Having recently won a gold medal for Karate at the US Open World Championship 2016, Bhaskar Sen, a student of Sri Venkateswara College, is juggling engineering and his passion for Karate at the same time. He has made the nation proud, time and again, by bringing laurels to the country after participating in prestigious national and international events. Catch him in a conversation with DU Beat below :
1. Out of all the various forms of martial arts and the different choices of sports available to a person, what drove your interest towards Karate?
Owing to the dearth of children, in my neighbourhood, I was prevented from indulging in and playing the popular sports like cricket, football and badminton. My elder brother was a black belt holder and I too started tagging along with him to his Karate lessons in the evening. Soon, I caught up with the sport and it became my passion.
2. Can you give us an insight of your future plans?
I would like to continue practicing Karate irrespective of my plans for higher studies and gain more experience and insight into the world of this sport which may also soon become an Olympic Sport.
In the upcoming months I have plans to attend and represent India at a couple of International seminars and training camps which are to be held at Italy and United Kingdom.
Immediately following them, I may be called upon to participate in the World Premier Circuit Championships at Salzburg, Austria and Okinawa, Japan.
3. Being a college student, how do you strike a balance between your passion for karate and academics?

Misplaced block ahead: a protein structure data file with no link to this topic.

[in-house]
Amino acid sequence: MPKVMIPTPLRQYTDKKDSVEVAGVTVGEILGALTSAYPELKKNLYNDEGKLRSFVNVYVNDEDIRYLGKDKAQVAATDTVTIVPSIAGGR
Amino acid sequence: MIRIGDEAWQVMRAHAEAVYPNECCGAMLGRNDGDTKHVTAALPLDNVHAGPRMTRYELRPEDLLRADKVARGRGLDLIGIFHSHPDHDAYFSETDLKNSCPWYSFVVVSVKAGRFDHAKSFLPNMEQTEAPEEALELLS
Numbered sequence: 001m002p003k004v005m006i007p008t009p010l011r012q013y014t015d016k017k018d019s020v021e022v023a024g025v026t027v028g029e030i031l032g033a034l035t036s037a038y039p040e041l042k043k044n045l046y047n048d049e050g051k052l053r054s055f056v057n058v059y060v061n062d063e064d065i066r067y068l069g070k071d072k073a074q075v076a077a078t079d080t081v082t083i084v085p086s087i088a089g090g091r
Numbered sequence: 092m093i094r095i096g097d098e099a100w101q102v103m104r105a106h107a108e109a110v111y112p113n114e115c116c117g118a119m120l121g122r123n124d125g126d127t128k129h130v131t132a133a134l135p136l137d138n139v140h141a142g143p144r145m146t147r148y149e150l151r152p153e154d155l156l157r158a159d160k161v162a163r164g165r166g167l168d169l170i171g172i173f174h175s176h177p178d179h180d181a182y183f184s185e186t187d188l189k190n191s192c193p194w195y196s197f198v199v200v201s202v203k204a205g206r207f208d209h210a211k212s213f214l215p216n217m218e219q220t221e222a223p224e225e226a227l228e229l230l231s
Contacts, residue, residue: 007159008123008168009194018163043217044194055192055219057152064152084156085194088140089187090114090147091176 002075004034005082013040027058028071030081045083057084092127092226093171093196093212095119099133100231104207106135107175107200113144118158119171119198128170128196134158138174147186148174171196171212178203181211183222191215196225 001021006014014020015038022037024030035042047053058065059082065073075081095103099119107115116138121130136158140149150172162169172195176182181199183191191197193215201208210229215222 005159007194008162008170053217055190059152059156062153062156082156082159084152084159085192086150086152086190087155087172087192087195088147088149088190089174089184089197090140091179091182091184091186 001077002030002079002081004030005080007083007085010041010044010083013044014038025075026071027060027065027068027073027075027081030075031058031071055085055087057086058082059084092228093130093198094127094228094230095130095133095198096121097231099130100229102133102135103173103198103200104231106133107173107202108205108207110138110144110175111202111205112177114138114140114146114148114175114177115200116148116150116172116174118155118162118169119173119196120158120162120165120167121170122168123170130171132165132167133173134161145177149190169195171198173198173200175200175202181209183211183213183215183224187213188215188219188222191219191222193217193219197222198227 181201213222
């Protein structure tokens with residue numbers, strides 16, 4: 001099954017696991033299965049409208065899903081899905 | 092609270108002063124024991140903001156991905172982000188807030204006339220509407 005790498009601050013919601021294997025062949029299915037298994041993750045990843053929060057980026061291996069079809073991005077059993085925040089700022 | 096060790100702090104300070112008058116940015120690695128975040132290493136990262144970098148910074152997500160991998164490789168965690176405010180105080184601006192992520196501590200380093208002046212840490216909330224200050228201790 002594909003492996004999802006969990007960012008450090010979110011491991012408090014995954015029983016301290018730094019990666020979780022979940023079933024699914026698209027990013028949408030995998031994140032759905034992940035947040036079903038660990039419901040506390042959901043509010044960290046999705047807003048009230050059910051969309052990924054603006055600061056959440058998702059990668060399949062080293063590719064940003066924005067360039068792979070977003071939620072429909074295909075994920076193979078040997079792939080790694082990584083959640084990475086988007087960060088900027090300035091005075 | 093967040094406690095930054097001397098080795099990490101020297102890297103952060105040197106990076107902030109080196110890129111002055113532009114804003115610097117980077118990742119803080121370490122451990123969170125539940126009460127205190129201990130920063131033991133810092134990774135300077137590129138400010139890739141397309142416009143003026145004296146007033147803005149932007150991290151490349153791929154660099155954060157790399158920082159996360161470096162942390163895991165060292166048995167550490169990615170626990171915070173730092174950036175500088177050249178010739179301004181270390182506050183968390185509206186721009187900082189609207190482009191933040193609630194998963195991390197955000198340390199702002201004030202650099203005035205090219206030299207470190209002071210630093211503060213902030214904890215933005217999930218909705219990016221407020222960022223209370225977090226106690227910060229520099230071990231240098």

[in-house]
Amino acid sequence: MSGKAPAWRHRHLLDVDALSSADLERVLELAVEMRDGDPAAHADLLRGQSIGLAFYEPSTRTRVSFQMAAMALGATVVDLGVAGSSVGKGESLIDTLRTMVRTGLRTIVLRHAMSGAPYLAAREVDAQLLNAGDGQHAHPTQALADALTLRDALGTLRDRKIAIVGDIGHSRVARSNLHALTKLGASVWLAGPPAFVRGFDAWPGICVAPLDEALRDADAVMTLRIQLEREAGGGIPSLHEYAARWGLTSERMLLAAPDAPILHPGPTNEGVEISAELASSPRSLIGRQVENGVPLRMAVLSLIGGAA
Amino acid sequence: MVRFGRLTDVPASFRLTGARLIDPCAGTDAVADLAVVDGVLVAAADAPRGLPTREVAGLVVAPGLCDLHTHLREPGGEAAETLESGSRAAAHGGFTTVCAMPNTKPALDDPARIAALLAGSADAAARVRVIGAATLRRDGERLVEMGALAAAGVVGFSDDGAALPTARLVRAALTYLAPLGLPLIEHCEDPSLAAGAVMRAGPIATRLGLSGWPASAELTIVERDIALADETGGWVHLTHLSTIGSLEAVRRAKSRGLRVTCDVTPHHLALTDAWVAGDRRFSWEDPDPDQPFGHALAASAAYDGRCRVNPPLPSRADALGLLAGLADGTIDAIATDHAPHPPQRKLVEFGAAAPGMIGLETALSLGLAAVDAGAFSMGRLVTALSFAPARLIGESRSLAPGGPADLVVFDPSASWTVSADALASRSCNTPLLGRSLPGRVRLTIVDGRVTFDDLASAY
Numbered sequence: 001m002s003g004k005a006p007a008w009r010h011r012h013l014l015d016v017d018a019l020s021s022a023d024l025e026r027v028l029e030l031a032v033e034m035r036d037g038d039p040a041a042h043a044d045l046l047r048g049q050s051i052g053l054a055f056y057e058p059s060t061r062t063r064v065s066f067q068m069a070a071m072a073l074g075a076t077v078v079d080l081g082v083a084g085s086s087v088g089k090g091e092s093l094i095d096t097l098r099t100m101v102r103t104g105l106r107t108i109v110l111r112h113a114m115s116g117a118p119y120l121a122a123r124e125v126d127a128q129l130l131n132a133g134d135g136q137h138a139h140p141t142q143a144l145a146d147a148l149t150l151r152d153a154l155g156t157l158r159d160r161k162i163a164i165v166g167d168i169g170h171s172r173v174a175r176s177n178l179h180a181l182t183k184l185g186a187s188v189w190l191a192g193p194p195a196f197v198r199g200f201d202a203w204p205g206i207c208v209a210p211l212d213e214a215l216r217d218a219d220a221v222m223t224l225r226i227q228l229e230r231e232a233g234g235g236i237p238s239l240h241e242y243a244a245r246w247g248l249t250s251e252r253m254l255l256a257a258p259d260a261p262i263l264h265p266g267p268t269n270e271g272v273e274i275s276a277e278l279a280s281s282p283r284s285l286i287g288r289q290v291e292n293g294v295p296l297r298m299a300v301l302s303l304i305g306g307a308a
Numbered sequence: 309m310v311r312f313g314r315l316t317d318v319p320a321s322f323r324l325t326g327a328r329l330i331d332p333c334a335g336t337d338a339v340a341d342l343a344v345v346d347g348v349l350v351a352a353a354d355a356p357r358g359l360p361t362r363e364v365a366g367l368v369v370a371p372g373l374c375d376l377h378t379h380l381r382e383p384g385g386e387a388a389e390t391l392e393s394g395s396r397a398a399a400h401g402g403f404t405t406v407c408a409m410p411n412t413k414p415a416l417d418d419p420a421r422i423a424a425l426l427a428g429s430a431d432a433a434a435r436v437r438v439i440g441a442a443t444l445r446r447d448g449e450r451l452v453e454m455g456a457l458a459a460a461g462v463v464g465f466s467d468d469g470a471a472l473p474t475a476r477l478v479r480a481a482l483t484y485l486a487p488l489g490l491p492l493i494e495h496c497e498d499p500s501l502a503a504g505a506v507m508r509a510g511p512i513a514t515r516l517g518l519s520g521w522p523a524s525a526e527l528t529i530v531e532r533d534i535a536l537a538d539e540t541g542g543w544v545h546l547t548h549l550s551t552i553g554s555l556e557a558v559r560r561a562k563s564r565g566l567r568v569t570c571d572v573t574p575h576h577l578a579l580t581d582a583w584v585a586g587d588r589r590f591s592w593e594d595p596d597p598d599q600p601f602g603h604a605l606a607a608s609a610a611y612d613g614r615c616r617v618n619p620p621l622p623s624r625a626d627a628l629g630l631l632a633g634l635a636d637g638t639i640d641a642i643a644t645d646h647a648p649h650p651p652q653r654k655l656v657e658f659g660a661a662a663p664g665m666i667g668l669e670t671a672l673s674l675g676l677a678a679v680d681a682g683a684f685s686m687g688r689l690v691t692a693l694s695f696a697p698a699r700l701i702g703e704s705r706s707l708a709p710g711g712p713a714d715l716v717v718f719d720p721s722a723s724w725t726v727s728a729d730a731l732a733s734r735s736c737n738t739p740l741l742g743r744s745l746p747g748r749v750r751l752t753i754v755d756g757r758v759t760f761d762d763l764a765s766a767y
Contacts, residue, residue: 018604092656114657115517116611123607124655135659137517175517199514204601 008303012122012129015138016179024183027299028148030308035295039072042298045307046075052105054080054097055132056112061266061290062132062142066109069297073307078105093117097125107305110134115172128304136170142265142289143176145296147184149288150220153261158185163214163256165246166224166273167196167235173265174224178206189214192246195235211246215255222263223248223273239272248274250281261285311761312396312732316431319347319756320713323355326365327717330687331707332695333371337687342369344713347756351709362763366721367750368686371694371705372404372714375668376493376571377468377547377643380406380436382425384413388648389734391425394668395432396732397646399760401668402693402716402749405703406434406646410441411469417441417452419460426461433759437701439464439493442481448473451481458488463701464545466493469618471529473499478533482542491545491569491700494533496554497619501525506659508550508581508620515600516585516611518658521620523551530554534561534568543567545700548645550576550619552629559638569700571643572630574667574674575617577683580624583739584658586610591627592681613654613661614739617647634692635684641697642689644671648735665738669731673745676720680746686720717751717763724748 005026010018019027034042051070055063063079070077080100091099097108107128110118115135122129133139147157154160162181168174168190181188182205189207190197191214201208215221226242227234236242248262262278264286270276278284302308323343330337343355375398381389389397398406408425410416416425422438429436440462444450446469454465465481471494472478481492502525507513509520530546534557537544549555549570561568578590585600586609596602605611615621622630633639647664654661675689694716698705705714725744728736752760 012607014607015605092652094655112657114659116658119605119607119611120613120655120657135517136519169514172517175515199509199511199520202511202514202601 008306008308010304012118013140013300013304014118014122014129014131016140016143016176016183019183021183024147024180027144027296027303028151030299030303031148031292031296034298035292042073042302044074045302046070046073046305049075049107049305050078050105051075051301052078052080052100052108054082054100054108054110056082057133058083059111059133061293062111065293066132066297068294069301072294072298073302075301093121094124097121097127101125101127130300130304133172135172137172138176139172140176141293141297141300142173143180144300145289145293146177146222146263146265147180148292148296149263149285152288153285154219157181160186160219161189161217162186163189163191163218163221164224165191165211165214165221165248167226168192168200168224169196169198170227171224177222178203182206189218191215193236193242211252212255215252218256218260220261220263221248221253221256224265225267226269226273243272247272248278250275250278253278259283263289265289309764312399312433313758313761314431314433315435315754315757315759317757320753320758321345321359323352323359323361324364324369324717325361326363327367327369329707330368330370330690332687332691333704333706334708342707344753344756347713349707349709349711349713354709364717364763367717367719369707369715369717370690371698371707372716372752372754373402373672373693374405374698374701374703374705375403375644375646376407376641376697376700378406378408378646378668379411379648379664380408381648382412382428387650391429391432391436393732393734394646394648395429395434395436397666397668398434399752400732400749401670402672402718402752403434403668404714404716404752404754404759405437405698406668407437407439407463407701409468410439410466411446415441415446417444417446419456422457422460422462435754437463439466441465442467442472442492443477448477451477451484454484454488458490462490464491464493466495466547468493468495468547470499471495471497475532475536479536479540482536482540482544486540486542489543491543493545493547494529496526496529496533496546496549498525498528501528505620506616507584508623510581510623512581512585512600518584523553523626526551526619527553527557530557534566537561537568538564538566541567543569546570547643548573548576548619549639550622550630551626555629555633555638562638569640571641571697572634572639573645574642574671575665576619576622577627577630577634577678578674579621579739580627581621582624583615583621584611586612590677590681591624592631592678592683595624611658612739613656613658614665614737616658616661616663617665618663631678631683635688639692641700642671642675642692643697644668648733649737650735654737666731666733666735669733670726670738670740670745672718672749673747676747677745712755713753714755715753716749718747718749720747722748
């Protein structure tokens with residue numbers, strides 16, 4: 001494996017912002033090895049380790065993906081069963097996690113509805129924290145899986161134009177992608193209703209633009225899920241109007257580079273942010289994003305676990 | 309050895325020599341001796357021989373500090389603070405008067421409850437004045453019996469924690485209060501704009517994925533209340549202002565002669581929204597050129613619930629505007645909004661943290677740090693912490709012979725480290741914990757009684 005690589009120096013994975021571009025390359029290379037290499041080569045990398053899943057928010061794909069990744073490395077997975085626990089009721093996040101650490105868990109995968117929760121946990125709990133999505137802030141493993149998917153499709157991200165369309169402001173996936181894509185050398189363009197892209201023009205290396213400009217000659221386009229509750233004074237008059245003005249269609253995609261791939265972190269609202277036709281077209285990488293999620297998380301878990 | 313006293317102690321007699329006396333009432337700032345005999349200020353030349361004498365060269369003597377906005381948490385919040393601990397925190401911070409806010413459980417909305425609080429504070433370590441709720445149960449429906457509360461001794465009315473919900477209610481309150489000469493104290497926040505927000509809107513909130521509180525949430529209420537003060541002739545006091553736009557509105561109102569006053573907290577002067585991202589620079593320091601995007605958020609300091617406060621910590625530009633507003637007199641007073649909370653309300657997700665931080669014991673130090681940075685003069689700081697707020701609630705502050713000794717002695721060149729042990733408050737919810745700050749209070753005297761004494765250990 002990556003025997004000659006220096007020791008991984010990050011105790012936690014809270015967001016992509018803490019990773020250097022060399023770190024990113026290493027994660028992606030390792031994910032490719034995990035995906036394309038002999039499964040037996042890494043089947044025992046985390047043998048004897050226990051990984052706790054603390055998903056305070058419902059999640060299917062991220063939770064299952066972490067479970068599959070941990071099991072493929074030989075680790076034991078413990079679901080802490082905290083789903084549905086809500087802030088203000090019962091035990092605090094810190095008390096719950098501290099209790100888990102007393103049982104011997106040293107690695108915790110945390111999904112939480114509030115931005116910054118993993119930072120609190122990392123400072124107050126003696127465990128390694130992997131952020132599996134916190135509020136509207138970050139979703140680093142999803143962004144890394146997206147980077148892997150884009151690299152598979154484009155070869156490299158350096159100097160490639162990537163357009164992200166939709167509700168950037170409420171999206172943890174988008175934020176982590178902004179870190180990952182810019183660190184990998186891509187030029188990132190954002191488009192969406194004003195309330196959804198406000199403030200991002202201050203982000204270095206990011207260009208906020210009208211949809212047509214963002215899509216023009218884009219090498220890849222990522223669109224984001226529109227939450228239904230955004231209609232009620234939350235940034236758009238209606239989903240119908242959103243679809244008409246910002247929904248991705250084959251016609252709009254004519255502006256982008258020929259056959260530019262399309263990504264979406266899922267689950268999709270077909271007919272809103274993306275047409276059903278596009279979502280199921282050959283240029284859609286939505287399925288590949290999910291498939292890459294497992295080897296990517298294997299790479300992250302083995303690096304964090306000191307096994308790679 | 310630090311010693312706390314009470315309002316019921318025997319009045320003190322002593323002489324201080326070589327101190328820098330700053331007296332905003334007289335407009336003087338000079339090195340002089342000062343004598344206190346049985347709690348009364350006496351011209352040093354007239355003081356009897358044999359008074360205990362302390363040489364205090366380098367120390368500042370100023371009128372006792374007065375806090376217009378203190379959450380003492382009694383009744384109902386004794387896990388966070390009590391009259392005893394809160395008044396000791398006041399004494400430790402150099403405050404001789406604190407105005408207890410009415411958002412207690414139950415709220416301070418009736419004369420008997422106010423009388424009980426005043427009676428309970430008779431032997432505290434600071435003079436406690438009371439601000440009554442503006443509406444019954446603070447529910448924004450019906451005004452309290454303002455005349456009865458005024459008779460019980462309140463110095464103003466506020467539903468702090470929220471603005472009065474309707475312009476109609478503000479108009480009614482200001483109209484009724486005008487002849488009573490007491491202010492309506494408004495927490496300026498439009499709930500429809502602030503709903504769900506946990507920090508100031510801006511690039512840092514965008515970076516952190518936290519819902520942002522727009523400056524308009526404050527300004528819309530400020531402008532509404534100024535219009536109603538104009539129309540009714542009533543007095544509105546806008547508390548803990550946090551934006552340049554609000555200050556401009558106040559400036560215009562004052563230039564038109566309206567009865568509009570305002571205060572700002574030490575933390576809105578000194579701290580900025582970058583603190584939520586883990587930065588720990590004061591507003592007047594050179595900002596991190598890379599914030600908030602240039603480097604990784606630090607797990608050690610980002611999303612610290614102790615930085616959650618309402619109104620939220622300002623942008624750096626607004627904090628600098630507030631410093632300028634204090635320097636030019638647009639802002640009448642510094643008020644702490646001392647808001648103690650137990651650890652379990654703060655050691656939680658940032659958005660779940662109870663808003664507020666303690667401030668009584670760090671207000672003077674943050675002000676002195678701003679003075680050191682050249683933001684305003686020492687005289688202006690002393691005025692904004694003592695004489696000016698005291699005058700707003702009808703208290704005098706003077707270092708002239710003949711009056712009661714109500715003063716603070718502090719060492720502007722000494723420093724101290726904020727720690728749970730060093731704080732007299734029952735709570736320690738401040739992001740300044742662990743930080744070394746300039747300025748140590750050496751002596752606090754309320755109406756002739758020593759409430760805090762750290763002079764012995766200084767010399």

Unlike other countries, sportsmen in India, especially students, are not known to get sabbaticals from their workplace for their trainings and actual tournament participations unless one is pursuing the ever-popular sport of cricket.
The learning of the technical aspect is a regular round the year affair and is followed in between breaks in studies whenever possible. The regular physical exercises have to be stepped up or down depending upon the academic study load at that point of time in the year.
4. Based on your experiences, what do you think is the scope of Karate in India?
Though there are myriads of Karate clubs functioning in major cities of our country, Karate is yet not an overwhelmingly popular sport. This is because of a number of reasons like the coaching centres are being run by unqualified coaches and the centre is usually not affiliated to a national body, making them unauthorised; Karate is not popularised in universities; and even the mainstream media falls shy of covering the events and competitions associated with this sport. Thus, it would really be helpful if the government chimes in to offer its support and takes steps to popularise, monitor and subsidise the training facilities.
5. Do you have any role models whom you look up to?
My foremost inspiration came from my elder brother, who took me to the Karate Dojo for the first time. I have also seen my father’s unstinted support for me to pursue Karate and to build up extreme self- confidence.
In the professional sphere, I have always held my teacher, mentor and a Karate legend, Sensei Luca Valdesi from Italy as a role model who holds the unbeatable record of being World Champion for six years at a stretch. I also wonder at the accomplishments of Vu Duc Minh Dack, the living legend from France.